The Federal Government is under renewed pressure to muscle up to China in the disputed South China Sea ahead of crucial meetings between top US and Australian officials this week.
Last week, the ABC revealed that Australian warships encountered the Chinese navy while sailing through the region to the Philippine Sea for training exercises with the American and Japanese navies.
Australia has now hardened its position against Beijing’s territorial claims in the disputed South China Sea, labelling the activity illegal in a statement to the United Nations.
Defence Minister Linda Reynolds and Foreign Minister Marise Payne will be likely to discuss the regional flashpoint with US Secretary of State Mike Pompeo and US Defence Secretary Mark Esper at annual AUSMIN talks in Washington.
The US has been conducting an increasing number of freedom of navigation operations (FONOPS) in the South China Sea and has made no secret that it would like to see other nations — including Australia — do the same.
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WNU Editor: The nations that need to join this “alliance” are the countries that are being directly impacted by China’s territorial ambitions in the South China Sea …. Vietnam, Brunei, Philippines, Indonesia, and Malaysia …. Defence strategists say more nations need to join Australia and the US in South China Sea (Sydney Morning Herald). Unfortunately, these nations are staying on the sidelines.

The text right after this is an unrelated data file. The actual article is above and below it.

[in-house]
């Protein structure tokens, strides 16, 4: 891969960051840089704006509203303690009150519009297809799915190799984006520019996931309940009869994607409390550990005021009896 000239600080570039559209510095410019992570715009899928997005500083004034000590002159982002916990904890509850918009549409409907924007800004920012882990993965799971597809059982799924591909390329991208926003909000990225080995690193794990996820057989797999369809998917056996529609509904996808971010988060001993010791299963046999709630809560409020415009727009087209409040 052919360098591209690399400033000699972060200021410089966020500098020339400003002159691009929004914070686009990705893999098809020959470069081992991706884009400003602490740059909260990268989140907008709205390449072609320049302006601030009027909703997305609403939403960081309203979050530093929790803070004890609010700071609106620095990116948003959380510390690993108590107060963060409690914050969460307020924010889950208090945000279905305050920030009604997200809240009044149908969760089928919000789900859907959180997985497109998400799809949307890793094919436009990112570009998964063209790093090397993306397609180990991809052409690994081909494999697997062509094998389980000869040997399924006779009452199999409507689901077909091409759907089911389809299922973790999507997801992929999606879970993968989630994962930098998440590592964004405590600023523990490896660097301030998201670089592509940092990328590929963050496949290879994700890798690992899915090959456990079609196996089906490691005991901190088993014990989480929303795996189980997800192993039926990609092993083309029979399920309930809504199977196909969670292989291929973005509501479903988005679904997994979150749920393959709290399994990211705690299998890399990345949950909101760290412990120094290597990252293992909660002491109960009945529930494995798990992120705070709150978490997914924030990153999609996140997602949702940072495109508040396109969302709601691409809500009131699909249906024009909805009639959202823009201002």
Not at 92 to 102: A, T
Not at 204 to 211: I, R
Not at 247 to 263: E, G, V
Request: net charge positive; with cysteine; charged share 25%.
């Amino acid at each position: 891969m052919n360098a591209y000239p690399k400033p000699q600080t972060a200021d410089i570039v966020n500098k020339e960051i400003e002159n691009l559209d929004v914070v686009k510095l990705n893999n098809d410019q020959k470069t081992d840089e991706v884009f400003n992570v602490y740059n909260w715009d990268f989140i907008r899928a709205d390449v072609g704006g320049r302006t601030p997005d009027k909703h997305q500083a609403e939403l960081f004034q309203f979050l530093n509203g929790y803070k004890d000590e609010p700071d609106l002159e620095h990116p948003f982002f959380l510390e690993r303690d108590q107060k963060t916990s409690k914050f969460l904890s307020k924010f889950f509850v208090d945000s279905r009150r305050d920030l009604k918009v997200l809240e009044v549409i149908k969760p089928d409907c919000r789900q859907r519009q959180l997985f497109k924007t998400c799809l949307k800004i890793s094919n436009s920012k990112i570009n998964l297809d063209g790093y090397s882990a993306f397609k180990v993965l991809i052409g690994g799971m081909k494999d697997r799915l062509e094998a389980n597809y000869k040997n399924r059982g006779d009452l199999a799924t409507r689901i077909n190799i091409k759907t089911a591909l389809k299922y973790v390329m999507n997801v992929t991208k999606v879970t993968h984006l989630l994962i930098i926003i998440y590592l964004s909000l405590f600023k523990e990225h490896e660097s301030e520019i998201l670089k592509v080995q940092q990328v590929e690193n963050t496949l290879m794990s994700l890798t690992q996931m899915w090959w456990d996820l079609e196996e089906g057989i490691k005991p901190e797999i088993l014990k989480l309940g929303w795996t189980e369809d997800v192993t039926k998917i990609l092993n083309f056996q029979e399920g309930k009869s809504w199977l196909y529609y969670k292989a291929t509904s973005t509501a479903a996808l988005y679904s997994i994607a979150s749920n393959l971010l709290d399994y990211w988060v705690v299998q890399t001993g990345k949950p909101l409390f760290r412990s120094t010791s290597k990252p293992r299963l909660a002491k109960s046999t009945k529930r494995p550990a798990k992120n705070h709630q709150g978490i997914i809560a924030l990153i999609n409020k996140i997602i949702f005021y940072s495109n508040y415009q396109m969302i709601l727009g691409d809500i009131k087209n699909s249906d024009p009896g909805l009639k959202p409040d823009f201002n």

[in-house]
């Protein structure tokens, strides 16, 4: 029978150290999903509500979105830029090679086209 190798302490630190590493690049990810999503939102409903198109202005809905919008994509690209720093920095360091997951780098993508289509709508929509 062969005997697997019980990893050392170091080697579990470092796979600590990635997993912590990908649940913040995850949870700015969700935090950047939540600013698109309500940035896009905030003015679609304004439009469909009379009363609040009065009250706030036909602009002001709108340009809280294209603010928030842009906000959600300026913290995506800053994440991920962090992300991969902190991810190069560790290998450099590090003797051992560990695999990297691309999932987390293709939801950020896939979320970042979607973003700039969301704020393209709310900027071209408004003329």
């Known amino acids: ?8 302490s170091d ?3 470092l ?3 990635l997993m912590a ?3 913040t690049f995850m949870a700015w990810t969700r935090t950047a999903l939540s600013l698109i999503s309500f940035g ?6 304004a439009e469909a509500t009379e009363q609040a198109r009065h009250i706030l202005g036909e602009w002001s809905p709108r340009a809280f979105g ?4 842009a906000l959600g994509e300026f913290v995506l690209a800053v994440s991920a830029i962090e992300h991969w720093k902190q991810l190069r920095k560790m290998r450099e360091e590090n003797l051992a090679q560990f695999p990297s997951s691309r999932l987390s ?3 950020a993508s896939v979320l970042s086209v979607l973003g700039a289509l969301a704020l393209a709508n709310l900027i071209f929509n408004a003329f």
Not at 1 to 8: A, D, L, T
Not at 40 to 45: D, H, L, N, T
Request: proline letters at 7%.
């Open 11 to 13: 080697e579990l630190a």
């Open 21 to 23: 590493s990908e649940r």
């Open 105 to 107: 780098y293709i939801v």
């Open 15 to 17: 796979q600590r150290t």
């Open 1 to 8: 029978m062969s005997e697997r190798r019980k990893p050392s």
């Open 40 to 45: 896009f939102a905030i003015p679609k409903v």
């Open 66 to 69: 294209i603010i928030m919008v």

Australia to pursue ‘national interest’ when US asks for South China Sea action — The Guardian
Australia tells U.S. it has no intention of injuring important China ties — Reuters
US, Australia seek new military cooperation in face of China — AFP
Australia to step up South China Sea defence cooperation with US – but won’t commit to patrols — The Guardian
US presses Australia to step up naval exercises in South China Sea — The Guardian
U.S., Australian Officials Reaffirm Strong Alliance — US Department of Defense